Ohio native James Ingram first received minor attention in the late 70s as part of the band Revelation Funk and served as pianist for the legendary Ray Charles. But it was a 1980 demo tape on which he sang that became his unexpected career boost. He cut the demo of "Just Once," a Barry Mann/Cynthia Weil composition that was being delivered to Quincy Jones for possible inclusion on Jones's landmark The Dude album. Jones not only liked the song, he liked the singer on the tape and invited Ingram to provide the vocals to both "Just Once" and "One Hundred Ways" on The Dude. Of course, The Dudebecame an international smash and both Ingram cuts rocketed up the pop, soul and adult contemporary charts, ultimately landing Ingram a performance at that year's Grammy Awards as well as the trophy for best R&B vocal performance.
Ingram's debut album, It's Your Night, was released to great anticipation, and it didn't disappoint. Led off by the smash duet with Michael McDonald, "Yah Mo Be There," Night was perhaps the best soul album of 1983 and boasted the most beautiful ballad of that year, "There's No Easy Way." Most of that album was also included on Ingram's 1991 greatest hits disc, The Power of Great Music, a nearly essential collection of romantic 80s soul music.
Over the course of the next decade, Ingram's career took an odd direction, as he became known almost exclusively as an adult contemporary duet artist. He consistently hit the charts in duets with Patti Austin ("Baby Come To Me," "How Do You Keep The Music Playing"), Linda Ronstadt ("Somewhere Out There"), Dolly Parton ("The Day I Fell In Love"), Kenny Rogers and Kim Carnes ("What About Me"), and Barry White, Al B. Sure and El Debarge (on Quincy Jones's "Secret Garden"), but his solo recordings fell flat. Whether due to a lack of consistently top notch material or to misguided promotional direction by his label, Ingram was a wonderful singer caught somewhere between soul and adult contemporary music, but without a sufficiently strong fan base in either group to support his solo recording career. He broke his drought in 1990, taking the Thom Bell-produced ballad "I Don't Have the Heart" to number one, but never again had a major hit.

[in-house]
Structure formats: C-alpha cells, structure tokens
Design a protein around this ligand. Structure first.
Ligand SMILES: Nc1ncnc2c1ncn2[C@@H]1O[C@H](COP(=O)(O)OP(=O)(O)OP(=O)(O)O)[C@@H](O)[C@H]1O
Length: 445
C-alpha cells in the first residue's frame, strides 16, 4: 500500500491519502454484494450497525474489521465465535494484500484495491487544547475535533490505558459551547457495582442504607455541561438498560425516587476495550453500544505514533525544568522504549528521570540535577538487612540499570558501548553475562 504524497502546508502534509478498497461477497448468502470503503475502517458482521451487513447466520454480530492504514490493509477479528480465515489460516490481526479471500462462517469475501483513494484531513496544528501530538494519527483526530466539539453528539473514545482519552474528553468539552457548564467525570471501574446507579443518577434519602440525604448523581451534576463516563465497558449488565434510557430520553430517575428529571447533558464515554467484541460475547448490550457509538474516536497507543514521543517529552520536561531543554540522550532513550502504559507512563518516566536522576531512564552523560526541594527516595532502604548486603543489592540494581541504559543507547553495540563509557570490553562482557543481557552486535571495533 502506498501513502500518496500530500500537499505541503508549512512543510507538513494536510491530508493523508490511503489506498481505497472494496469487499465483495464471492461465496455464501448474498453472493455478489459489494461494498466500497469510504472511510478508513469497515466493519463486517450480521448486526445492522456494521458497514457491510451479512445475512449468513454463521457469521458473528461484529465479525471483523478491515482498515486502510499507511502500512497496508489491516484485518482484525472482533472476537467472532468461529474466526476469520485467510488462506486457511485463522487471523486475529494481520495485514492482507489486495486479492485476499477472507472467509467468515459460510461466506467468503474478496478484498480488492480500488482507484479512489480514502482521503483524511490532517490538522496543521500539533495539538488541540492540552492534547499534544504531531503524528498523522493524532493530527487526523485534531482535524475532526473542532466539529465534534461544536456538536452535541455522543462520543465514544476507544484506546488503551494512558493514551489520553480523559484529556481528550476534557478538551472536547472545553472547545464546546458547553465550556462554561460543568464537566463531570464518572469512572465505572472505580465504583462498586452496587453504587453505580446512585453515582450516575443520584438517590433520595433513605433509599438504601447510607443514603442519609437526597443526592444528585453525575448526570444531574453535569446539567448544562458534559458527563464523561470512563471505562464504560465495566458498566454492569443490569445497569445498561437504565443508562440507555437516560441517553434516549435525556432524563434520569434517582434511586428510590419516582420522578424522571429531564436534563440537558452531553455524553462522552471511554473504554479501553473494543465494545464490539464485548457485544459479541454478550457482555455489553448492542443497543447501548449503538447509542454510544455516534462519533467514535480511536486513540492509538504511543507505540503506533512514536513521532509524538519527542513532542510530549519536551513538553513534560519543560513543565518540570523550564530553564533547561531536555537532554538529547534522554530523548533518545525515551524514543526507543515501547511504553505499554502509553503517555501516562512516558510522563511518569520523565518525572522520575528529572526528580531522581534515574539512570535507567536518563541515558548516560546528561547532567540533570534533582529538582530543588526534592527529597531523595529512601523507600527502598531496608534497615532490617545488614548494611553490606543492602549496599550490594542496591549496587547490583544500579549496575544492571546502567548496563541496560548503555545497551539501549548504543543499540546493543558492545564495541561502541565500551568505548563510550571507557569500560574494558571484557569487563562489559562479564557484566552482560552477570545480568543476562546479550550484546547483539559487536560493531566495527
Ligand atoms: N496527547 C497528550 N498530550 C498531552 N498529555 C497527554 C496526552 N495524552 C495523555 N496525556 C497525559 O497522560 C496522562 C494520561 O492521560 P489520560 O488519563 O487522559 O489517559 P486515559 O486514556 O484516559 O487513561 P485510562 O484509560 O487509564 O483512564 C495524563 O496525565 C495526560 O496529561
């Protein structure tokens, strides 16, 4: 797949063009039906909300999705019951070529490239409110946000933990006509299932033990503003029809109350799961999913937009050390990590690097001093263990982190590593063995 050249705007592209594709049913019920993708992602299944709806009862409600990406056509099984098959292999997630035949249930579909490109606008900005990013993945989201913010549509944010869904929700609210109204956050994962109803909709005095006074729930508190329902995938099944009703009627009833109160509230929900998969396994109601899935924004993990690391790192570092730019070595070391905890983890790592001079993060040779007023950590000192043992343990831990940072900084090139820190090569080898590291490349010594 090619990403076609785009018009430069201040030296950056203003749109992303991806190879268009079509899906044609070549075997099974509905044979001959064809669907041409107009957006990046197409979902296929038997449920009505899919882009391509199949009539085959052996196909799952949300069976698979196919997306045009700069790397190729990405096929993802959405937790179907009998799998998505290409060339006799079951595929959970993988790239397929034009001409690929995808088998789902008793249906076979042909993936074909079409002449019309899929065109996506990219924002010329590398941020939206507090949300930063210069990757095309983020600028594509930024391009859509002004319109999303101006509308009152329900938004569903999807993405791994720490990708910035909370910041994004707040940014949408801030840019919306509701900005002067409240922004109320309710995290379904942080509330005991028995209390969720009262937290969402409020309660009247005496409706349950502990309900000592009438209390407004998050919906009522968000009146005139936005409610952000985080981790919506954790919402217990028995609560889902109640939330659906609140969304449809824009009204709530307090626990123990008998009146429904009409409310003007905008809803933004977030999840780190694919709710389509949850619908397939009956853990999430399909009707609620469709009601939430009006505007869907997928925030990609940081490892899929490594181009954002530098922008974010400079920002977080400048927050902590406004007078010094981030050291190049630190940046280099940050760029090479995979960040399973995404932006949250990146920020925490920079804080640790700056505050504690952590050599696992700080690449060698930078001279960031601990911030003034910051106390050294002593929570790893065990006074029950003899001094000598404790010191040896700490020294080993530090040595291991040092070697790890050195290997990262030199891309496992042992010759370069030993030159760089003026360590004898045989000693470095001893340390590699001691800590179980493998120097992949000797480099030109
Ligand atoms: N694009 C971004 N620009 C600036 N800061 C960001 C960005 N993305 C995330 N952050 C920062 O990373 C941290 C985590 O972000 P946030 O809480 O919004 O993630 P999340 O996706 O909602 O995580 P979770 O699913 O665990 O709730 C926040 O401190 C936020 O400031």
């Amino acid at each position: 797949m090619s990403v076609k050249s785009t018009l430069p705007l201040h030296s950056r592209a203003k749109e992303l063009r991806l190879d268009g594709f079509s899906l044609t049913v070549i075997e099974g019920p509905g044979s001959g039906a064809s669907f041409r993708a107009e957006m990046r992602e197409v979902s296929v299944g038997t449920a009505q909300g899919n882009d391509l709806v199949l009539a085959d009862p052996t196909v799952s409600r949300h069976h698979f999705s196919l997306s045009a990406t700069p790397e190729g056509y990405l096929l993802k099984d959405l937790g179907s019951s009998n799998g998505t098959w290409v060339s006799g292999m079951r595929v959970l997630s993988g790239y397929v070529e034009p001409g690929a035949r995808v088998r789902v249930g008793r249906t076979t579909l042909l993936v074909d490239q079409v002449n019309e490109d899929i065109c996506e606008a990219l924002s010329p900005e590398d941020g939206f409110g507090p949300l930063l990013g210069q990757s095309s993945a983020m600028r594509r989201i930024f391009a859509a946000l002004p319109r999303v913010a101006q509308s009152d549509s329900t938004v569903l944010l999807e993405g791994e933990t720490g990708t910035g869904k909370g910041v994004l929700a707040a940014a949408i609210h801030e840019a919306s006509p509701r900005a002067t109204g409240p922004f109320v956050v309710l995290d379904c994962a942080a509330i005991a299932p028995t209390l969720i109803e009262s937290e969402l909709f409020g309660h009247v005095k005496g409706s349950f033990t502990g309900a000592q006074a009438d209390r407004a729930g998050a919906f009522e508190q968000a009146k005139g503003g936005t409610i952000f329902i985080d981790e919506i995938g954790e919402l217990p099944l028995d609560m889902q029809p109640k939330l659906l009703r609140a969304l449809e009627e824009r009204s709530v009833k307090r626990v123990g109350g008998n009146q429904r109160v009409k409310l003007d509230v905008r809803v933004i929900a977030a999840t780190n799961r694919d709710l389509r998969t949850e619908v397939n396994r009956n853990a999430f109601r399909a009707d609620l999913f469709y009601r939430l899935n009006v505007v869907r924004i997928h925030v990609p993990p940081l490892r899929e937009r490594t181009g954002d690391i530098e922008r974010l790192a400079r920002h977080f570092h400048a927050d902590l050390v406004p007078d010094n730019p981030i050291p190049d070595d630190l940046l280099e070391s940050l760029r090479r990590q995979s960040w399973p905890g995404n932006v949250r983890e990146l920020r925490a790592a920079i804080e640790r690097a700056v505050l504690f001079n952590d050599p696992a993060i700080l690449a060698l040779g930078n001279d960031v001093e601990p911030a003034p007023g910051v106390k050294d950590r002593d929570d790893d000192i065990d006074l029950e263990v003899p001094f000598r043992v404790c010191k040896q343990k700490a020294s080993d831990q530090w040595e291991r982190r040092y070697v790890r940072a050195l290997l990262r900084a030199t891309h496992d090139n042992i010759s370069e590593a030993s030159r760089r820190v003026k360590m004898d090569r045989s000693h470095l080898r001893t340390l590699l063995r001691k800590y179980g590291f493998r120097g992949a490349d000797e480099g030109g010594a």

After a six year hiatus, Ingram released Forever More: The Best of James Ingram in 1999, which included re-recordings of some of his biggest hits along with some lesser new material. He also appeared as a guest vocalist on Michael McDonald's excellent In the Spirit holiday album in 2001. Ingram has continued to provide guest vocals for a number of artists and has been a regular participant in the "Colors of Christmas" concerts with Peabo Bryson, Roberta Flack and others. He's also occasionally penned material for other artists such as Phil Perry and Brian McKnight.
Ingram spent most of the early 21st century devoting his time to his family. He also performed regularly in Los Angeles and appeared in spot dates elsewhere. He remained active as a writer, teaming with dancer Debbie Allen to create seven plays, including the noted musical Brothers of the Night. He also became an active athlete, crediting his continued good health to a daily regiment of running, push ups, pull ups and stretching, which he said "keeps my respiratory system going."
While performing with Gospel harpist Jeff Majors, Ingram sang a composition he wrote called "Mercy." It won over the audience and sparked his interest in releasing an entire Gospel album. Beginning in early 2007, Ingram began recording Standing (In The Light), his first full inspirational album. The title track was inspired by his emotions as he observed on television the tragic results of Hurricane Katrina. The album was ultimately released in 2009 to moderate reviews. He played a series of dates to support the album and continues to stay busy in the wake of its release.
By Chris Rizik